Just as I was reaching for the bottle to pour myself some more Veuve, Ellen continued:
“Come on, that is not what happened—we were there for Chrissakes! Why on earth are you changing the story? Are you trying to protect him?”
I stopped mid-pour and asked: “Protect him? Whom?”
In unison, as if it were rehearsed, both Anne and Ellen shouted “Ohmygod!”
OK, now I was really confused and it was not due to the bubbles as I was decidedly still sober—but took another large gulp to help remedy that predicament.
Without prodding, the dynamic duo recounted their version of the encounter as if they were a Vaudeville comedy team, finishing each others sentences, with near perfect timing.
Anne: “Ohmygod had ridden ahead as he always does…”
Ellen: “… and then he stopped once he knew that he had no idea where he was going…”
Anne: “…despite the fact that we just needed to go straight on the same road for what seemed like forever.”
Ellen: “He was just a little ways ahead of us when he stopped in front of a large house with a couple of dogs in the yard.”
Anne: “The dogs ran up to him and started barking as we pulled up right behind him.”
Ellen: “And, as usual, he either had no idea that we were there…”
Anne: “…or pretended not to notice us.”
Ellen: “He then seemed to freak out a bit at the dogs barking and so he took his bike pump and chucked it into the yard…”
Anne: “…as he yelled ‘Fetch!’”
Ellen: “One of the puppies thought about going after it, but…”
I interjected: “Wait, puppies?!?”
Ellen (who appeared noticeably agitated by the interruption): “There was an adult dog and two puppies.”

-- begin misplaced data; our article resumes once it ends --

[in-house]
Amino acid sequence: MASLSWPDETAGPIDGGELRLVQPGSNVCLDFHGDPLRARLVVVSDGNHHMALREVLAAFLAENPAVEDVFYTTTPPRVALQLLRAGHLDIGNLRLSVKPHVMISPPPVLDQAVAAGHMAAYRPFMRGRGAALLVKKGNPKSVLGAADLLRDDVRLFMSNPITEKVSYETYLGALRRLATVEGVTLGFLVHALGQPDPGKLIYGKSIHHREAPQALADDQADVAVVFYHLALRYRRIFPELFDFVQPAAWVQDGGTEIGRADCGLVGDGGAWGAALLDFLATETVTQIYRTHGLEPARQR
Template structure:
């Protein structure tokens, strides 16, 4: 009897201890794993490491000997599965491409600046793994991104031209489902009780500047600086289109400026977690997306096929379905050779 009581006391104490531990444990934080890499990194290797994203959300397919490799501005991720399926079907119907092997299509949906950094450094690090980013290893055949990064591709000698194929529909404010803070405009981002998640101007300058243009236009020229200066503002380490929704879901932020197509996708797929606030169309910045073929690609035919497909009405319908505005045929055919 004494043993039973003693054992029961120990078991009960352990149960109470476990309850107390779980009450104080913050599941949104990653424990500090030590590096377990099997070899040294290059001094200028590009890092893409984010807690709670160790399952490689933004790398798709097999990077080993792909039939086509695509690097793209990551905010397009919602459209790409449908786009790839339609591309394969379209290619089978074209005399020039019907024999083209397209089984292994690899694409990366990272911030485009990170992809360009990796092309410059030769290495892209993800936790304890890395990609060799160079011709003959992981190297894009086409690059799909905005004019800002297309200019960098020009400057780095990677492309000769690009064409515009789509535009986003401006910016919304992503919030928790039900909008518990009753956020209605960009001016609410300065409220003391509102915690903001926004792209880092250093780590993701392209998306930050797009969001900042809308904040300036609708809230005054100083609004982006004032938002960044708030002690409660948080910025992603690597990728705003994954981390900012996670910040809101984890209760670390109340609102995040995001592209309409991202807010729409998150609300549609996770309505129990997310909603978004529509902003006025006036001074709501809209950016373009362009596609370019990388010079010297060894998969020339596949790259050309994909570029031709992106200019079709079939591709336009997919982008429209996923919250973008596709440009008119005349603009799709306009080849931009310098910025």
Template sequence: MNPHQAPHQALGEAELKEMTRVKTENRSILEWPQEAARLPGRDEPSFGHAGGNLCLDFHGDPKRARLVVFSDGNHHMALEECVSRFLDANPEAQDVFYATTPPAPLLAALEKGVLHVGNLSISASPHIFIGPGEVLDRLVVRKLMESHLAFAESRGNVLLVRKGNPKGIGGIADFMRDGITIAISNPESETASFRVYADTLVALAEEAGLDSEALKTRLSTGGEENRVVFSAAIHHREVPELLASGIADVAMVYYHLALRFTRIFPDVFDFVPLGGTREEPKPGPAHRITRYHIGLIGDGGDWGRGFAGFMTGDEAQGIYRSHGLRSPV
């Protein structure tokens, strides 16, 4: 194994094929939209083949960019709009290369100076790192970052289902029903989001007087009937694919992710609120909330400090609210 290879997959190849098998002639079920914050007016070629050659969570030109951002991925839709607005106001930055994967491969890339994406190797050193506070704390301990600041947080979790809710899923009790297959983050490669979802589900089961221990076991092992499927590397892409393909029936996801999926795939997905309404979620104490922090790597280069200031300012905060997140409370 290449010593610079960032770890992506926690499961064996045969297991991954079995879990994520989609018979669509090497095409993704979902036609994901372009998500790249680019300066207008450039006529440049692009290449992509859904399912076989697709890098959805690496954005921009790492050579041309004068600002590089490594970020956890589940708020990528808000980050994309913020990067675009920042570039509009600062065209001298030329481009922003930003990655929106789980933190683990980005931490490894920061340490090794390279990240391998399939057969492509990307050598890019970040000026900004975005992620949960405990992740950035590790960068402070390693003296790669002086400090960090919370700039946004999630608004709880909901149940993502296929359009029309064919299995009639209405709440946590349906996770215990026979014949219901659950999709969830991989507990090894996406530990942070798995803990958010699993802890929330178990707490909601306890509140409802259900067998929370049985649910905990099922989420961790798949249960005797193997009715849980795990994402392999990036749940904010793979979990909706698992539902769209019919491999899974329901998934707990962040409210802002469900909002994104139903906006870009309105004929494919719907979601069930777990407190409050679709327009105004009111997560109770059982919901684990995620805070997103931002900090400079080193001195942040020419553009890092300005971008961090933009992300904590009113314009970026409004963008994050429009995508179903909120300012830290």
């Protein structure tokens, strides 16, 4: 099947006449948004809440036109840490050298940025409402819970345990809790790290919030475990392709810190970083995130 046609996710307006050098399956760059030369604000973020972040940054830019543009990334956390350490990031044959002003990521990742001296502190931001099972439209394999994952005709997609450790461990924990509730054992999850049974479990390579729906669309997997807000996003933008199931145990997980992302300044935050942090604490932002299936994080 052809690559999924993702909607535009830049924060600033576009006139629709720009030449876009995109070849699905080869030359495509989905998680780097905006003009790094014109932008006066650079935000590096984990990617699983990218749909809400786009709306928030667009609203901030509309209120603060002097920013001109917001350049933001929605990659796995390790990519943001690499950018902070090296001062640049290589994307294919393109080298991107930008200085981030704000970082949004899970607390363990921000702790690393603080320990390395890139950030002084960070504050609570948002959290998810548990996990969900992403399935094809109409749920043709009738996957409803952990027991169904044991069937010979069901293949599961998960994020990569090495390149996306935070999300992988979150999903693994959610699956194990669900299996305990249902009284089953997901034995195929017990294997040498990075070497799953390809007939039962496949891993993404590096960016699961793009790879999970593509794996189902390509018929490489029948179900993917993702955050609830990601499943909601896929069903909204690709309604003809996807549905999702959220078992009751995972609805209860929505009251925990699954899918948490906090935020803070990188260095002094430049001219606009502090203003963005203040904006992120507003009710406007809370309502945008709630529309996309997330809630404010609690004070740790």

Anne (a little less perturbed): “He then took a nasty looking sandwich out of his back pocket and took a bite…”
Ellen (who seemed to quickly get over my transgression): “… but it must have been horrible since he then threw it across the street.”
Anne: “Ha! Yeah, that really seemed to get the dogs going—they started barking a bit more…”
Ellen: “…which seemed to really agitate Ohmygod to no end—he kept telling them to ‘Shush!’”
Anne: “I guess he does not like little yappy dogs.”
It was then Paul’s turn to interject: “What kind of dogs were they?”
Anne: “Those little hotdog dogs.”
Ellen: “If you say so.”
Anne: “Anyway, he became increasingly pissed off at the barking, so he took out his lock and started swinging it at the dogs…”
Ellen: “…but he was not coming close to hitting the dogs…”
Anne: “…so he tried to use it like a whip and a yo-yo at the same time, trying to get closer to the dogs…”
Ellen: “…and then the lock hit the top bar and bounced back up and smacked him in the hand…”
Anne: “…this made him drop the lock and he then took off riding as if he stole something…”
Ellen: “…and he rode right into a ditch…”
After the laughter and sniggering died down a bit, I had to ask one more question:
“You said the lock hit ‘the top bar’. What did you mean by that?”
Ellen: “You know, the top bar that holds the fence up.”
Anne: “Huh hell! Pay attention!”
Ellen: “The dogs were behind a chain-link fence….”